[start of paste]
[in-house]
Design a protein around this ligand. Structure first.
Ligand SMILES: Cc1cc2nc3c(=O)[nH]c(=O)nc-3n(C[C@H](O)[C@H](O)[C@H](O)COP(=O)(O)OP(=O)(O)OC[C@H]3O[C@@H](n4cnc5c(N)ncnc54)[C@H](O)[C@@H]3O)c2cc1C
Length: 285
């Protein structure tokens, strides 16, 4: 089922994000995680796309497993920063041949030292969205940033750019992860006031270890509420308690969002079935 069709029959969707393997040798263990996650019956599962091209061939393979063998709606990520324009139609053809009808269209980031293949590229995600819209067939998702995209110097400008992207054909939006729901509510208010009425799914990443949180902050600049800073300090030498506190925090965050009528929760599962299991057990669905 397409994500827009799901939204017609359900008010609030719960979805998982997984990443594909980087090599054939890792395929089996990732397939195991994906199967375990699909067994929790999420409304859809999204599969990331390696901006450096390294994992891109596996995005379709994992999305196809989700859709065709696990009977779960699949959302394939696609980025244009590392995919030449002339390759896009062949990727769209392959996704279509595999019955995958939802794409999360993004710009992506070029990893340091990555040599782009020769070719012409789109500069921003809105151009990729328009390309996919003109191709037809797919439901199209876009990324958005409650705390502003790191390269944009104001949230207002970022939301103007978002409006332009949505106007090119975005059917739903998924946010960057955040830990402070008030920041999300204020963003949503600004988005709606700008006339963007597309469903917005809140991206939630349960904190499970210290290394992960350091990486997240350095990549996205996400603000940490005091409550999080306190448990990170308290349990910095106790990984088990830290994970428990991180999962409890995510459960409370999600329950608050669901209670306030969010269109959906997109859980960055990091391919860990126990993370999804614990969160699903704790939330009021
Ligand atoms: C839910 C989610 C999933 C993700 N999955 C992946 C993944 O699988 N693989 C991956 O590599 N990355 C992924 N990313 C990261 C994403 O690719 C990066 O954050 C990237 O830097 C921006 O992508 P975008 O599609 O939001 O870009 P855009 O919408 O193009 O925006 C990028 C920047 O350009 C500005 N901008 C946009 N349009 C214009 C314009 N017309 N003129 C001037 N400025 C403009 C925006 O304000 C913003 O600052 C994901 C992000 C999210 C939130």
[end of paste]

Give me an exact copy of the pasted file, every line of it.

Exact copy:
[in-house]
Design a protein around this ligand. Structure first.
Ligand SMILES: Cc1cc2nc3c(=O)[nH]c(=O)nc-3n(C[C@H](O)[C@H](O)[C@H](O)COP(=O)(O)OP(=O)(O)OC[C@H]3O[C@@H](n4cnc5c(N)ncnc54)[C@H](O)[C@@H]3O)c2cc1C
Length: 285
């Protein structure tokens, strides 16, 4: 089922994000995680796309497993920063041949030292969205940033750019992860006031270890509420308690969002079935 069709029959969707393997040798263990996650019956599962091209061939393979063998709606990520324009139609053809009808269209980031293949590229995600819209067939998702995209110097400008992207054909939006729901509510208010009425799914990443949180902050600049800073300090030498506190925090965050009528929760599962299991057990669905 397409994500827009799901939204017609359900008010609030719960979805998982997984990443594909980087090599054939890792395929089996990732397939195991994906199967375990699909067994929790999420409304859809999204599969990331390696901006450096390294994992891109596996995005379709994992999305196809989700859709065709696990009977779960699949959302394939696609980025244009590392995919030449002339390759896009062949990727769209392959996704279509595999019955995958939802794409999360993004710009992506070029990893340091990555040599782009020769070719012409789109500069921003809105151009990729328009390309996919003109191709037809797919439901199209876009990324958005409650705390502003790191390269944009104001949230207002970022939301103007978002409006332009949505106007090119975005059917739903998924946010960057955040830990402070008030920041999300204020963003949503600004988005709606700008006339963007597309469903917005809140991206939630349960904190499970210290290394992960350091990486997240350095990549996205996400603000940490005091409550999080306190448990990170308290349990910095106790990984088990830290994970428990991180999962409890995510459960409370999600329950608050669901209670306030969010269109959906997109859980960055990091391919860990126990993370999804614990969160699903704790939330009021
Ligand atoms: C839910 C989610 C999933 C993700 N999955 C992946 C993944 O699988 N693989 C991956 O590599 N990355 C992924 N990313 C990261 C994403 O690719 C990066 O954050 C990237 O830097 C921006 O992508 P975008 O599609 O939001 O870009 P855009 O919408 O193009 O925006 C990028 C920047 O350009 C500005 N901008 C946009 N349009 C214009 C314009 N017309 N003129 C001037 N400025 C403009 C925006 O304000 C913003 O600052 C994901 C992000 C999210 C939130």